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Treatment Curing Vertigo

Treatment Curing Vertigo

Posted - Jun. 30, 2003 at 5:18 p.m.



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Shelley Osterloh ReportingMany people struggle with balance problems. Conditions like vertigo can be very debilitating, but a special clinic in Salt Lake City is helping people with balance problems.

Shannon Noel woke up one morning and felt like her world was turned upside down.

Shannon Noel: "It's not whoa, I feel like I'm dizzy. It's I'm falling and somebody is taking my head and shaking it."

She could barely stand and often lost her balance and fell. Doctors and technicians at the IHC Balance and Hearing Center ran her through a series of tests to determine which of her body's three balance systems was out of whack: her visual cues, her muscles sensory functions, or her ear.

With camera goggles to track eye movements and a moving red dot Dr. Don Worthington watched Shannon's eyes for rapid uncontrolled movement. He discovered Shannon had Benign Paroxysmal Positional Vertigo.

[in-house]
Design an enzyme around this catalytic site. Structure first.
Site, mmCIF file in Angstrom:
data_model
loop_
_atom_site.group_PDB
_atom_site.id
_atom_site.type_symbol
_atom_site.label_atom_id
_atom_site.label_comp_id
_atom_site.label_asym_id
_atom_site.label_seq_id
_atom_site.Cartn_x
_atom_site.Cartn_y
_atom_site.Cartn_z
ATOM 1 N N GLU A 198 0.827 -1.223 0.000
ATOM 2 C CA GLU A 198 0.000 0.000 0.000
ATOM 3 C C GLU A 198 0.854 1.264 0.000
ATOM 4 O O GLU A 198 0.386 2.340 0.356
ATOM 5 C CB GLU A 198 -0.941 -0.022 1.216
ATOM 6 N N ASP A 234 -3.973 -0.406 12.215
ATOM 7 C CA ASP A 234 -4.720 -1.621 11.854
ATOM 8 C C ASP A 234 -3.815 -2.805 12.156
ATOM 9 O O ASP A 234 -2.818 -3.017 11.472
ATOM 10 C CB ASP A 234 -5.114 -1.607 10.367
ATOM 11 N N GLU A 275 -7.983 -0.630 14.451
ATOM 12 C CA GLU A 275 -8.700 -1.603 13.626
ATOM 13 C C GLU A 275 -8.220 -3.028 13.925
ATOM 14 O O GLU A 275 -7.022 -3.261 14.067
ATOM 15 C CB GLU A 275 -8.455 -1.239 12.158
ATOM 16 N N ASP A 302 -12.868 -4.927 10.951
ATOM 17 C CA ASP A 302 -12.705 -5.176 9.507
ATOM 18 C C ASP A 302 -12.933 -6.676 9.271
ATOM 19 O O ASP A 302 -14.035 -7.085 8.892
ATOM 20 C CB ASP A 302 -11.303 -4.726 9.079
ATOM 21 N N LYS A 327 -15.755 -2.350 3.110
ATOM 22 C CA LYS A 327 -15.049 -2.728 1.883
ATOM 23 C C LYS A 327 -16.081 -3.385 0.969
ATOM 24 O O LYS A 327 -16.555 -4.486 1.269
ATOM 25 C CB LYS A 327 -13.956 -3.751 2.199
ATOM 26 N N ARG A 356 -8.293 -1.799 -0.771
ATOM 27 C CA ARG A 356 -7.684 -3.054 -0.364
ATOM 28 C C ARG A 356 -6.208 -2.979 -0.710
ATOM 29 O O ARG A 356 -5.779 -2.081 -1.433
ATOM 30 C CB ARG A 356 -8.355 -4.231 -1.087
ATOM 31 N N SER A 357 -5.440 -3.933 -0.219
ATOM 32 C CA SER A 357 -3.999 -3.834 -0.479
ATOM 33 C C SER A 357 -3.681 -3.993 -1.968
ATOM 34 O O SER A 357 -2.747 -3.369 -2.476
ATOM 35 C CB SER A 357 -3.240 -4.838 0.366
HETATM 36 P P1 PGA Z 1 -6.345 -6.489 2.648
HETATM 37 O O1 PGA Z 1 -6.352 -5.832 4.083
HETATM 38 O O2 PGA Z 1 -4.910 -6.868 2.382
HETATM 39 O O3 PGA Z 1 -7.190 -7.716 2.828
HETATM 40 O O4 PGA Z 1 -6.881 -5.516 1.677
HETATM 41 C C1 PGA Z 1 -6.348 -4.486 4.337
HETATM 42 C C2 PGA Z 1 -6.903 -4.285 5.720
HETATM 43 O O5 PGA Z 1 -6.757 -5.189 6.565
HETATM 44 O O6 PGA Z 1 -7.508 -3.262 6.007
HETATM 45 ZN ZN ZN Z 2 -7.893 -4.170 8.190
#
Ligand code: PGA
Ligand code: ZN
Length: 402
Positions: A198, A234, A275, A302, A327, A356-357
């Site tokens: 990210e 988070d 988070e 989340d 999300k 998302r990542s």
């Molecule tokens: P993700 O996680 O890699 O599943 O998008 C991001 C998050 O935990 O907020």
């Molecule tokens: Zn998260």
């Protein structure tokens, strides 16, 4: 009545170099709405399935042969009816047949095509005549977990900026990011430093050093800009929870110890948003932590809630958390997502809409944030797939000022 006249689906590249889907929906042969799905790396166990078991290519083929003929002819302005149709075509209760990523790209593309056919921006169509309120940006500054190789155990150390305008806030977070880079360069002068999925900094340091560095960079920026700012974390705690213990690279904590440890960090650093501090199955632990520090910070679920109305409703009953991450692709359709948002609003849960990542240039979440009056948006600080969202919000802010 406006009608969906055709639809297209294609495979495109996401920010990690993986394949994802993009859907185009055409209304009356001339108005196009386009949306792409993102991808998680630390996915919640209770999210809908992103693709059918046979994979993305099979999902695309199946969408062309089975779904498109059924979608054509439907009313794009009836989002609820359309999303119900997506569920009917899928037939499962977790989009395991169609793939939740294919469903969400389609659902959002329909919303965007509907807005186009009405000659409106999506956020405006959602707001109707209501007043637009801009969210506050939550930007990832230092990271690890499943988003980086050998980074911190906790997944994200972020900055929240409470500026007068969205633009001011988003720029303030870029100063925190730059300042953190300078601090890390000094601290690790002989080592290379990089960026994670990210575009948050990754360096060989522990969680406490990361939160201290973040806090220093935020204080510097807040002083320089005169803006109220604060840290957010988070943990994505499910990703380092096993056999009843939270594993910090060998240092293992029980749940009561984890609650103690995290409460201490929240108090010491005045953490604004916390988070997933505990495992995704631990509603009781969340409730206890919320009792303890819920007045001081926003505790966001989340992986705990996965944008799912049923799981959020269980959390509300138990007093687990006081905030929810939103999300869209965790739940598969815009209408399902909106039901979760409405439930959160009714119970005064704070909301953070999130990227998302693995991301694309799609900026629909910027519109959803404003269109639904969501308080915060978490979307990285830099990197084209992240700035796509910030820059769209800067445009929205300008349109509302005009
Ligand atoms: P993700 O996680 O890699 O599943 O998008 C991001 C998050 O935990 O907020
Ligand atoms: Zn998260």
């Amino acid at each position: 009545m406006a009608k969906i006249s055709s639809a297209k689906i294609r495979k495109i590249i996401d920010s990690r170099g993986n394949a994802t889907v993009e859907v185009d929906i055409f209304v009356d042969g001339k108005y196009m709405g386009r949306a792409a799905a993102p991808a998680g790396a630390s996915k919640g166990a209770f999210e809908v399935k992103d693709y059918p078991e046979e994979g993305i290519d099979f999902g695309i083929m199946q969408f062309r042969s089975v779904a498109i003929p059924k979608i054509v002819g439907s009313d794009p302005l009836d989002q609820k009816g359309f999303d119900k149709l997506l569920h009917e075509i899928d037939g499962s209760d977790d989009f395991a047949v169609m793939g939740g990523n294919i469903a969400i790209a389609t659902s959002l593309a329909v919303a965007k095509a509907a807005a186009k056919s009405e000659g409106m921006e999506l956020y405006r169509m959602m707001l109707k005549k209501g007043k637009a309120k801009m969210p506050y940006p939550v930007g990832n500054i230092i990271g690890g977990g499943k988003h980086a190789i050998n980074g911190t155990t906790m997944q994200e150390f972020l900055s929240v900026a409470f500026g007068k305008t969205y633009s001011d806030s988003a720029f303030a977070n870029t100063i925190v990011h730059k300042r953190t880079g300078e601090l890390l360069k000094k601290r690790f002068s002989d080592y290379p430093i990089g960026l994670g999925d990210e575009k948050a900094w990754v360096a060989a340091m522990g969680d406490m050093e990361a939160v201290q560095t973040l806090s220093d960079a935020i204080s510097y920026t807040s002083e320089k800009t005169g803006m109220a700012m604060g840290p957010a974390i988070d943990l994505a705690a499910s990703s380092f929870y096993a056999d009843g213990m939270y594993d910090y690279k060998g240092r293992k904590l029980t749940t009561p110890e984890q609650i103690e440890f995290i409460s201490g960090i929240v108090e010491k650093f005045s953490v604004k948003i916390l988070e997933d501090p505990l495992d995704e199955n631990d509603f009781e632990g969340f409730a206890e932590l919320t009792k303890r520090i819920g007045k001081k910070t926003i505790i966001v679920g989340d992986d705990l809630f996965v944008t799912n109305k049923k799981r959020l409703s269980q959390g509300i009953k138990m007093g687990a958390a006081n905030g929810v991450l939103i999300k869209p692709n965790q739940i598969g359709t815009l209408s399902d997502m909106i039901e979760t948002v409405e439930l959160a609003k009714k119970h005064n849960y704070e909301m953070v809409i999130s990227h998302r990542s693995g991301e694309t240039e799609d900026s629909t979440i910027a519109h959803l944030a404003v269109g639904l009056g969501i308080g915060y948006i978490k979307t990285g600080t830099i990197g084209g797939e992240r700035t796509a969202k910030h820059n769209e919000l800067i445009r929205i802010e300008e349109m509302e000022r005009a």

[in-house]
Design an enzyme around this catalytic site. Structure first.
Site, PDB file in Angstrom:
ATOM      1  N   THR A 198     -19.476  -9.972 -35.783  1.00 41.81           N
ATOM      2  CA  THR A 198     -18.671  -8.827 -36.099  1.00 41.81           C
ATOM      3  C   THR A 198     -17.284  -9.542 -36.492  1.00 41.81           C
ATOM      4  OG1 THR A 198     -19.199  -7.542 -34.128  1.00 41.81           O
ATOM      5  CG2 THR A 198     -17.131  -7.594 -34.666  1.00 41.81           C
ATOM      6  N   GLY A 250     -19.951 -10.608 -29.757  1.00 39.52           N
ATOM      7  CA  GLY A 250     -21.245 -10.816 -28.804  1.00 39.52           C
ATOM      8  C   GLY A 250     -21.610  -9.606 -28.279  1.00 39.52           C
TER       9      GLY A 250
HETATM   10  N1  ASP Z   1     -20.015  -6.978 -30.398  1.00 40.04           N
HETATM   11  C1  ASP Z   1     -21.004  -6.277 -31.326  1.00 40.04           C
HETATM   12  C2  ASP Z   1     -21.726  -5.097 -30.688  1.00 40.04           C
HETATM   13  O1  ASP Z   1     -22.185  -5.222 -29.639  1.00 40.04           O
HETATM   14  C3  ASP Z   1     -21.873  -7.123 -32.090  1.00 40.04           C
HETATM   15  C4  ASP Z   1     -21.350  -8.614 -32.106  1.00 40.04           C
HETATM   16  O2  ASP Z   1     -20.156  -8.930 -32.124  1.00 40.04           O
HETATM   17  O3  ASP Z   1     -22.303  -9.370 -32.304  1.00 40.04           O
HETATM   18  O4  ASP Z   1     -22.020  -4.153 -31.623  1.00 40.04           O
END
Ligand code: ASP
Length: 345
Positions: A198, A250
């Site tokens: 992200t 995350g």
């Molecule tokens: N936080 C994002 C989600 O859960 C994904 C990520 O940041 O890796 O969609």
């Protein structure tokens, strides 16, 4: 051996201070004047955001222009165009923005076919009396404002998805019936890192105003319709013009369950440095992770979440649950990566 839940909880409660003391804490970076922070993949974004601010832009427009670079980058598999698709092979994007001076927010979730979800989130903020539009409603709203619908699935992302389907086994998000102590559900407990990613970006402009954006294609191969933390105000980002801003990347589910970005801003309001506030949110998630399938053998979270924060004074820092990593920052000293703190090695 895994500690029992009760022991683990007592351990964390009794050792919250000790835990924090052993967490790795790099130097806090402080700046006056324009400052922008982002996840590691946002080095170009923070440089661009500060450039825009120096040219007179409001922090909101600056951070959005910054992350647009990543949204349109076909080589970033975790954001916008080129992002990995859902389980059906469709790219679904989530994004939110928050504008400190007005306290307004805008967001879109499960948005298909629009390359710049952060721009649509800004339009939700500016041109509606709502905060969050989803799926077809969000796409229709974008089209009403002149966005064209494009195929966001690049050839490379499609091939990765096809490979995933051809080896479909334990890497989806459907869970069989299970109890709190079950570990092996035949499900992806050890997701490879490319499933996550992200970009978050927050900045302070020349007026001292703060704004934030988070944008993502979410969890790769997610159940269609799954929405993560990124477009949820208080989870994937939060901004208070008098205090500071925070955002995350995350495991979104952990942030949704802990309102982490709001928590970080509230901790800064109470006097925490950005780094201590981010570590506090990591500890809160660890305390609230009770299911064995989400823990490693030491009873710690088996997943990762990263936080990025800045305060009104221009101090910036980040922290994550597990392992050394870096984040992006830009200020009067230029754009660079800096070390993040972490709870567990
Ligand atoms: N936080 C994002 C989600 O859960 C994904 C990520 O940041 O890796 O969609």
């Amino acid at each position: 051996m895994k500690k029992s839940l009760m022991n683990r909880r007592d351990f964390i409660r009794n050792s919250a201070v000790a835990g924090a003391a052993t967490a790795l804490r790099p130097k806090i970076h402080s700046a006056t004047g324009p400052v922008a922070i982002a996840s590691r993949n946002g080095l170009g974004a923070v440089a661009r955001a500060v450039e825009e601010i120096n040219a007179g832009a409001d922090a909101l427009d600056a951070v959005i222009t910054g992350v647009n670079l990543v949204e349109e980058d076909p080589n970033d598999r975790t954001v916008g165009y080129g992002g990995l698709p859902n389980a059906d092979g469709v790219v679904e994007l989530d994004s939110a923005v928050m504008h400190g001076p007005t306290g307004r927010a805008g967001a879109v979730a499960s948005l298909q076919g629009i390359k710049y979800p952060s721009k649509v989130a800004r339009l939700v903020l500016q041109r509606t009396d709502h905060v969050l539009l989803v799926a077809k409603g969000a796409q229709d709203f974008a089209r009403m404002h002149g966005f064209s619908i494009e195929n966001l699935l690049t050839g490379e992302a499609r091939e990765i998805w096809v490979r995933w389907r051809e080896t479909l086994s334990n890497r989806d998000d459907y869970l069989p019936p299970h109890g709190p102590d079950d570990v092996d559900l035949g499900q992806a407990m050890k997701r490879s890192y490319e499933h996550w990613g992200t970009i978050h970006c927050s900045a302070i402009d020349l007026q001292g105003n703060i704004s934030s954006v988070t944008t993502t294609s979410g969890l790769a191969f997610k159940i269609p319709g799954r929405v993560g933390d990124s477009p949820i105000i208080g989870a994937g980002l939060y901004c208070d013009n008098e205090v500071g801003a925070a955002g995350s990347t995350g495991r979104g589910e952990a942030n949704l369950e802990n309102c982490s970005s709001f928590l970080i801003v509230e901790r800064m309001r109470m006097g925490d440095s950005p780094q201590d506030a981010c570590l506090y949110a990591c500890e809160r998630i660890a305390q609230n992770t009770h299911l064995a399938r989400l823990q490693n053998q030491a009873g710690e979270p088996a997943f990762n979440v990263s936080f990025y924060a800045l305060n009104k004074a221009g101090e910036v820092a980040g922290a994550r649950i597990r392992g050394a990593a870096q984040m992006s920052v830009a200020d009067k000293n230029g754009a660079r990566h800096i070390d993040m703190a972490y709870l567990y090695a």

BPPV is a common disorder of the inner ear that occurs when small particles or crystals, which are normally at the top of a tube in the inner ear, are displaced. It is sometimes caused by a head injury, but can occur in older people as the gelatinous fluid that holds the crystals in place, begins to disintegrate.

Don Worthington, Ph.D. IHC Hearing and Balance Center: "Once they get into that canal that's looped back there -- the posterior canal -- why they get trapped because they cannot get out the bottom end. And so then they simply have to be manipulated to get them back to the top"

The procedure to correct this problem is remarkably simple, yet effective. Doctors lower and turn the head to help the crystals fall back to their proper position.

Shannon Noel: "I’m fine, perfect.”

Don Worthington, Ph.D. IHC Hearing and Balance Center: "And we've now analyzed more than 12-hundred patients, and our success rate is 96% with as few as two treatments for this condition. "

Doctors say most people with balance disorders can improve with therapy and most with BPPV can be cured.

Doctors have been able to diagnose the vertigo condition called BPPV for more than 30 years, but it was just 8 years ago that doctors discovered how to treat it.

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